"Assassins, like debt collectors, are rarely welcome. When we are allowed on the premises, it's usually through the side door."
IN THIS ONE... Davros lures the Doctor to a mortuary planet.
REVIEW: Revelation has Eric Saward's best script, the show's best director in Graeme Harper and some pretty wonderful guest characters. It's really too bad the Doctor and Peri don't get to meet any of them, or participate in the story much at all. This is the ultimate example of Saward sidelining the stars of the show in favor of his own creations. Taking a page (or more) from Robert Holmes, Saward built the story around a series of double acts (one character even meta-textually comments on one of them in those terms). Jobel the funeral director with his gallows humor and cruelties towards the vile Tasambeker in whom Davros sees the spirit of the Daleks. Kara and her cornucopia of compliments and Vogel her unctuous toady. The knightly assassin Orcini and his stinky but perceptive squire Bostock. Takis the flower-loving security chief who looks away when the violent Lilt does his thing. Natasha the wronged daughter and Grigory the sarcastic physician trying to get answers. The Doctor and Peri are a double act too, grumbling at each other, and giving in to double entendre - the highly amusing bit where Peri accidentally kicks the Doctor in the crotch and breaks his watch becomes something else when you abstract the watch, and on a less sexual note, you feel the 18-month hiatus looming as the Doctor waxes about his never having another regeneration after seeing his tombstone. Each duo gets at least one fun piece of dialog, and it's the characters that AREN'T paired up that disappoint.
The DJ (or VJ, really) is the worst of these. Though as a conceit to tell the story in an unusual way, an evolution from Harper's (initially accidental) asides to camera in Caves of Androzani, the DJ is just horribly annoying. He makes me want to throw things at the television. Amusing in concept, taking on different guises - hippie, rock'n'roll, country - while he keeps the cryogenically preserved denizens of Tranquil Repose entertained, the result is equal parts boring, bad accents and lack of charisma. If I were in suspended animation, I would gladly welcome getting turned into a Dalek if it meant I didn't ever have to hear "Hey guyyyys" ever again. Another loner is the only character the Doctor and Peri meet, a rabid mutant that was famously almost played by Laurence Olivier. Imagine that. As it is, he spends time underwater (not sure that makes sense unless Dalek mutants are basically aquatic) and tries to strangle the Doctor a bit before Peri hits him on the back a couple times with a stick. Turns out, he's fairly nice and just a victim of the "Great Healer"'s experiments. What I find a little disturbing here is that Peri thinks she killed him with those two whacks, and the Doctor doesn't disabuse her of the notion. Erm... And then there's Davros, of course, now just a spinning head, curing galactic famine and building a new, white and gold, Dalek army. Living in a mortuary's basement, he's been reduced to haggling over money with Kara after the events of Resurrection of the Daleks.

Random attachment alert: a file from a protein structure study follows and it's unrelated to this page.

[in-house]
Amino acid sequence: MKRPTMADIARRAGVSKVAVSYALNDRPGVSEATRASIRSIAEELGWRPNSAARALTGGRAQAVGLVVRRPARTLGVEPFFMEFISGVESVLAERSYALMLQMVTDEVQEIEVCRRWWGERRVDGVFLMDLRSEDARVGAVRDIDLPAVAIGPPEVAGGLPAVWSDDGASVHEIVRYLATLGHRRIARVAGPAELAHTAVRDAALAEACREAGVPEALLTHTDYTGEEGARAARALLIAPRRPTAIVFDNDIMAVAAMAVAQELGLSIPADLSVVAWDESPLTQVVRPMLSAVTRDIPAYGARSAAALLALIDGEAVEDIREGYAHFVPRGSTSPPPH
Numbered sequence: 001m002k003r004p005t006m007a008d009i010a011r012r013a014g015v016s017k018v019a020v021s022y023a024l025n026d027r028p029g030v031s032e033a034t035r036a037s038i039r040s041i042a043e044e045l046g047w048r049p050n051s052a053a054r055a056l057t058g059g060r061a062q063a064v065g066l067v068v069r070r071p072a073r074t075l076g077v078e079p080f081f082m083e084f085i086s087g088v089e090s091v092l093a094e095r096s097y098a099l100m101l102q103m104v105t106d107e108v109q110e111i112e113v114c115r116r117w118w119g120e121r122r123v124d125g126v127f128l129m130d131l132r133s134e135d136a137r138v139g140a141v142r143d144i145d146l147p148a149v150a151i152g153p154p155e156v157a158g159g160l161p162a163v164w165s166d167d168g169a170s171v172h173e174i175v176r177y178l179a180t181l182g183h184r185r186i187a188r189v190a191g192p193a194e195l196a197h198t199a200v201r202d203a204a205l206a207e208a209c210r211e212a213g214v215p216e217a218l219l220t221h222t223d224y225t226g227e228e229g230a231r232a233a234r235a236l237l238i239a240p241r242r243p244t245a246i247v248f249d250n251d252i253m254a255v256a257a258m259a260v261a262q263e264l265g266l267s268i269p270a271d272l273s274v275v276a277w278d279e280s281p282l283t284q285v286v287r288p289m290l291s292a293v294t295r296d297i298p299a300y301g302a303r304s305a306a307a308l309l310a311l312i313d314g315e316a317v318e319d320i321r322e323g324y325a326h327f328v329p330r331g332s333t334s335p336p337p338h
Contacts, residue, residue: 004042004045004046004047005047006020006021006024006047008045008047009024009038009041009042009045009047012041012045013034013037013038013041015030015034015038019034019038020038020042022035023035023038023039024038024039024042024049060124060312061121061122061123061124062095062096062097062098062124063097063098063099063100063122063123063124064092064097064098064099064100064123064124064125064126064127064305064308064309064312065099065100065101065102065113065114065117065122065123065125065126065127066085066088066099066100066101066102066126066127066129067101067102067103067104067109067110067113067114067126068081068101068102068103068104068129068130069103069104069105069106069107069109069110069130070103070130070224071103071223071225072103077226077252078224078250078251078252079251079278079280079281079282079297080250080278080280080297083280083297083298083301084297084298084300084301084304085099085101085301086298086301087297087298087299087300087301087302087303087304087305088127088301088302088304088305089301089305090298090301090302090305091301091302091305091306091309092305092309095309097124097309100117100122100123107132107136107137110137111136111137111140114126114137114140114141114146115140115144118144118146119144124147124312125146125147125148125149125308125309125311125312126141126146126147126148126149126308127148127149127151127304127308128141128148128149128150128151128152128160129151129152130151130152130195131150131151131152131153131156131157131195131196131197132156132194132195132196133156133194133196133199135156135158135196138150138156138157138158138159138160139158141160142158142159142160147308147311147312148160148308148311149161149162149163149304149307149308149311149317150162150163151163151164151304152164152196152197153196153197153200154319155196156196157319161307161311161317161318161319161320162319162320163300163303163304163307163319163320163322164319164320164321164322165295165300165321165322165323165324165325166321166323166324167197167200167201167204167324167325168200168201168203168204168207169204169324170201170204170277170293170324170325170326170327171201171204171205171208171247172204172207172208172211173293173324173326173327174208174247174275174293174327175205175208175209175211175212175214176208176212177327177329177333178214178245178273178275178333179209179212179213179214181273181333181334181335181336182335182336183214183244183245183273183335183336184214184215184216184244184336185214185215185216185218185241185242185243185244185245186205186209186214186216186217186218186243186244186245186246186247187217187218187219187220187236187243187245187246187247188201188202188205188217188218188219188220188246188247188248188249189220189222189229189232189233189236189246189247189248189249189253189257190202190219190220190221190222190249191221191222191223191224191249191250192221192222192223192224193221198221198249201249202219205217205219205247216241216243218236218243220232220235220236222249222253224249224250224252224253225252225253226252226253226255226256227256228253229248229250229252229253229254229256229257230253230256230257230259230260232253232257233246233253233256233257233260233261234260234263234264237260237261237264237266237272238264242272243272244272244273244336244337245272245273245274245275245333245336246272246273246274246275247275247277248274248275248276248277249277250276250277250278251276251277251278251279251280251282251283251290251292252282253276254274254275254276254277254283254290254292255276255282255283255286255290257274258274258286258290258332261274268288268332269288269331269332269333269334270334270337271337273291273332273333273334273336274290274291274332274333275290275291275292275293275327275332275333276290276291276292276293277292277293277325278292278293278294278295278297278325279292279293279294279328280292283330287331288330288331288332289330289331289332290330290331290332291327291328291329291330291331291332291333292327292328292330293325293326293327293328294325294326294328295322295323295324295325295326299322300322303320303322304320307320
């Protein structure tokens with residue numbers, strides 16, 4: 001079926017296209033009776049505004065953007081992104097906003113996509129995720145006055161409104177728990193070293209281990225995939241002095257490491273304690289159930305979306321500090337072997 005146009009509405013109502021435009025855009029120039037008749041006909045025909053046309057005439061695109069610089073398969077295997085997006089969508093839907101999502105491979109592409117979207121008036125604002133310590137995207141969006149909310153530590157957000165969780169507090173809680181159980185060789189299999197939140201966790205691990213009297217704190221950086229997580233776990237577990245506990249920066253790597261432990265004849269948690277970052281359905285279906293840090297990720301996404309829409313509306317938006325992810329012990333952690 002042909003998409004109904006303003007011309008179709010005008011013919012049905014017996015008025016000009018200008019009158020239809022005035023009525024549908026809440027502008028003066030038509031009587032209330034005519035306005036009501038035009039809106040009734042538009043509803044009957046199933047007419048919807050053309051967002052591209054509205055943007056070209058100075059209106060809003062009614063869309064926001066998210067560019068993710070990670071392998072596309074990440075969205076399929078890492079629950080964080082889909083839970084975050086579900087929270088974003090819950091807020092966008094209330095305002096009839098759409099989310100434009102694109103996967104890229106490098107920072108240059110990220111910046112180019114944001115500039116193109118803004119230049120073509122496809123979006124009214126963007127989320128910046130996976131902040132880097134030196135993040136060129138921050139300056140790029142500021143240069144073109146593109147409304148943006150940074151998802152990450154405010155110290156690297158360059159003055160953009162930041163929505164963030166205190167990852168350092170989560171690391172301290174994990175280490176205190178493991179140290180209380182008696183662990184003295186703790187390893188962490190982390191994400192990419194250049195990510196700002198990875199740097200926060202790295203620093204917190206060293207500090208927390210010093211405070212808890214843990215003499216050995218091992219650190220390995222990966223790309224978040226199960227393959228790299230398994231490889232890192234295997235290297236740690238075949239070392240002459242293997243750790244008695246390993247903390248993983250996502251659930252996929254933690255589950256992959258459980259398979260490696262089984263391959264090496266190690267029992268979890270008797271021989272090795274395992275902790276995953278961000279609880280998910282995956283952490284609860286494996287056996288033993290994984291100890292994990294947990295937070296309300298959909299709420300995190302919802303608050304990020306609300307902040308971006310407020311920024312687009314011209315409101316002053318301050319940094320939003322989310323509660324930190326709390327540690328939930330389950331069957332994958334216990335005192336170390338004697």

The various stories are interesting and mostly well thought-out. Natasha finds her father being transformed inside a glass Dalek shell, a bit of nonsense that seems to imply the "travel machine" is grown around the subject (with nanotech, I suppose it could be), but a cool visual that makes a neat reference to the "glass Dalek" in the very first Doctor Who novelization, Doctor Who and the Daleks. Jobel has moments where he talks to the security cameras, as if he's in some kind of reality TV program, either playing to the DJ's audience or to Davros. The mortuary's staff mock Tasembeker's ill-considered feelings for Jobel. Kara and Davros work hard to keep things civil though they plainly loathe each other. Orcini's artificial leg was a result of not listening to Bostock, though here again he ignores the squire's intuition, blinded by the potential for glory in ridding the universe of Davros and his nascent Daleks. The reason no one gets decanted from suspension is that the new 1% hardly wants to share their money and power with old has-beens. Meanwhile, lured to a friend's funeral, the Doctor, in more pleasant blue, confronts his own mortality (in a scene that prefigures The Name of the Doctor), though obviously, it's just Davros trolling him. It's just so unfortunate it takes the entire episode for he and Peri to get within a stone's throw of all that interesting action.
THEORIES: Still tracking the Doctor's age? He says he's 900 years old here, the same as at the start of the new series. We could give him the benefit of the doubt and say he's rounding the figure way up. (But it doesn't explain how he can claim he's 953 by Time and the Rani...)
VERSIONS: The DVD's CGI option I guess puts a bit more glow on laser beams, but it's hardly necessary.
REWATCHABILITY: Medium-High - Great dialog, memorable characters (aside from the irritating DJ), and an unusual story that reminds one of the best of Robert Holmes. Sadly, the Doctor and Peri are late to the party.